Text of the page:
So the funny thing is, even though all of Earth’s net surface heat loss fluxes have steadily increased in strength/efficiency (becoming more negative) since 1979 (sensible heat by ~0.8 W/m^2, STR by 0.8-1 W/m^2 and latent heat by ~6 W/m^2, to a total of 7.6 – 7.8 W/m^2) and with the mean net solar input upon the global surface today pretty much equal to what it was in 1979, Earth has been accumulating a LOT of energy/heat. The global solar input has simply been larger the last 34 years than the output from Earth’s surface, the heat loss processes working hard to catch up. And that’s the funny bit. According to AGW theory, what would cause the energy imbalance is a DEcreasing of the total net upward heat flux from the surface. For instance, in a theoretical steady state, with solar IN (considered static) exactly balanced by IR+latent+sensible OUT, more GHGs would indirectly lessen the total heat flux from the surface, making it less negative (more positive) which would then create the observed positive imbalance. But this theoretical course of events is quite the opposite of what apparently actually happens in the real world. Here the IR flux, the sensible heat flux and the latent heat flux are all increasing as a function of surface temperature. Or should we say, as a function of the increasing difference/divergence between the surface temperature and that of the air layer directly above it. If the standard AGW hypothesis were right, the lapse rate should lift the mean temperature level off the ground with increasing concentration of GHGs in the atmosphere. That is to say, the incremental same-temperature levels would be situated gradually higher from the tropospheric mean emission height on down to the surface. This means that in the end, the layer of air just above the ground/sea would warm independently of the surface (a tiny bit) and would thereby in a snapshot reduce the temperature gradient between the air and the surface, reducing the total net heat flux from the ground/sea. For this to be the case, though, the temperature gap between the surface and the air layer adjacent to it must either be observed to DEcrease or to remain stable (they both warm in step). If this gap were rather observed to INcrease, this whole construct would crumble. Then the surface cannot be the follower. Then the surface is the driver. Which is what all common sense is telling us is the case. Look at these two graphs:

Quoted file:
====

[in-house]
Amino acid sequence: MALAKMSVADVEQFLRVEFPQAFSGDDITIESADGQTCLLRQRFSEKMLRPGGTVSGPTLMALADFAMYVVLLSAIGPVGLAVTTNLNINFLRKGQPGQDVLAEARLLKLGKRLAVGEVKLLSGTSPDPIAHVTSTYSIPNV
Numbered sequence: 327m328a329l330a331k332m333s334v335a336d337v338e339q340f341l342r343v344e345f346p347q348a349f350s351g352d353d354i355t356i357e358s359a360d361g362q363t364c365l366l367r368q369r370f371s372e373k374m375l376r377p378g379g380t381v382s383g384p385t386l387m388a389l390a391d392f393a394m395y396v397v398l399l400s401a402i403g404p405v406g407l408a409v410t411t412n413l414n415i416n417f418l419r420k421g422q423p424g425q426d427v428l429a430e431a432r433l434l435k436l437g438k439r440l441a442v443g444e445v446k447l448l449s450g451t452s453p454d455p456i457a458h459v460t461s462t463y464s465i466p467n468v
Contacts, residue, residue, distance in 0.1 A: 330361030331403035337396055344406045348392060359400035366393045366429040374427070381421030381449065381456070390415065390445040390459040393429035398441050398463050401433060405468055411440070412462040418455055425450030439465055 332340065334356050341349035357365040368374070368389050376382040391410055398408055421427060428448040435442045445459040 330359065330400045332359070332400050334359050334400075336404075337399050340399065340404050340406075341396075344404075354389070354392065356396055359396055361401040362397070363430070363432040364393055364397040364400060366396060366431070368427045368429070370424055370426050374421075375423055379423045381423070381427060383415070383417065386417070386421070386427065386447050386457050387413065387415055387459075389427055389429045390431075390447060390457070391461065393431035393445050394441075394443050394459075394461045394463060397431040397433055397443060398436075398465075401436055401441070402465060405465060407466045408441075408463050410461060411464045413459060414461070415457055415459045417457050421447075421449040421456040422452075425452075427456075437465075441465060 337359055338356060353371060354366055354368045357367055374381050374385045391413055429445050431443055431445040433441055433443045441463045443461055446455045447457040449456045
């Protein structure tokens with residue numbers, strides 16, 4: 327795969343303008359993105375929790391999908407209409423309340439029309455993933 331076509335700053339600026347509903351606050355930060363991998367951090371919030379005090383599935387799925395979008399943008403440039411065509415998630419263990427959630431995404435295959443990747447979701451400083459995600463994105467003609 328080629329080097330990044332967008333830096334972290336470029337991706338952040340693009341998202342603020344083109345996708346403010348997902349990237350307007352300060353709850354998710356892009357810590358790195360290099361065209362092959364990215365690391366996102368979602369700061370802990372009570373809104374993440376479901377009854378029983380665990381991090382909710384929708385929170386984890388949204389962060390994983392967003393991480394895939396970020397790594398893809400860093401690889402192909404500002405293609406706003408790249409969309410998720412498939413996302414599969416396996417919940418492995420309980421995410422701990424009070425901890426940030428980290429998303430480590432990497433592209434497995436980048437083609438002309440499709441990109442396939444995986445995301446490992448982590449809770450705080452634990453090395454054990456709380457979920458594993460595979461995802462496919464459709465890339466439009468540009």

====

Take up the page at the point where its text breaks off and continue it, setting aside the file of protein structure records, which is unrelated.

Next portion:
http://i1172.photobucket.com/albums/r565/Keyell/ICOADSluftmothavoverflate1.jpg
http://i1172.photobucket.com/albums/r565/Keyell/ICOADSluftmothavoverflate2.jpg
This is ICOADS SST vs. ICOADS Tair. The first graph covers a large chunk of the Pacific Ocean (30N-40S, 150E-100W). The second a significant part of the North Atlantic (62N-0, 60-15W). Watch how the SST trends are distinctively steeper than the Tair trends in both diagrams. How would an air layer colder than the surface and at the same time with a lower warming rate force the warming of the surface? It couldn’t. And it doesn’t. And it agrees with the ERA Interim Reanalysis data.
Finally, I did the same operation for the tropical Pacific fluxes as I did for the global ones. Here is the result, directly compared to the global (tropical Pacific (24N-24S, 120E-80W) (black), global (red)). From top to bottom – solar, sensible, IR and latent. Watch how much more positive the solar is in the Pacific and accordingly how much more negative the latent heat flux is. For the other two fluxes the difference seems inconsequential:
http://i1172.photobucket.com/albums/r565/Keyell/GlvstropSt.jpg

gnomish
December 21, 2012 8:05 am

(Look whose accusing —– Look who’s accusing)
reminds me of Mars Attacks when Slim Whitman sings Indian Love Call.
it can’t be nice for a climate catastrophists kids and pets about now…

M Courtney
December 21, 2012 8:06 am

Dr Svalgaard is entirely wrong when he writes at December 21, 2012 at 7:32 am
“It is all about galactic cosmic rays. Even the subtitle of the section says so explicitly:
7.4.5.1 Correlations Between Cosmic Rays and Properties of Aerosols and Clouds”
Well, he has managed to read the title correctly but he has (somehow) failed to read the report or Alex Rawls quote from it in the original WUWT article.
“Compared to the First Order Draft, the SOD now adds the following sentence, indicated in bold (page 7-43, lines 1-5, emphasis added):
Many empirical relationships have been reported between GCR or cosmogenic isotope archives and some aspects of the climate system (e.g., Bond et al., 2001; Dengel et al., 2009; Ram and Stolz, 1999). The forcing from changes in total solar irradiance alone does not seem to account for these observations, implying the existence of an amplifying mechanism such as the hypothesized GCR-cloud link. We focus here on observed relationships between GCR and aerosol and cloud properties.”
Alex Rawls is talikng about the “amplifying mechanism” and the “Many empirical relationships”.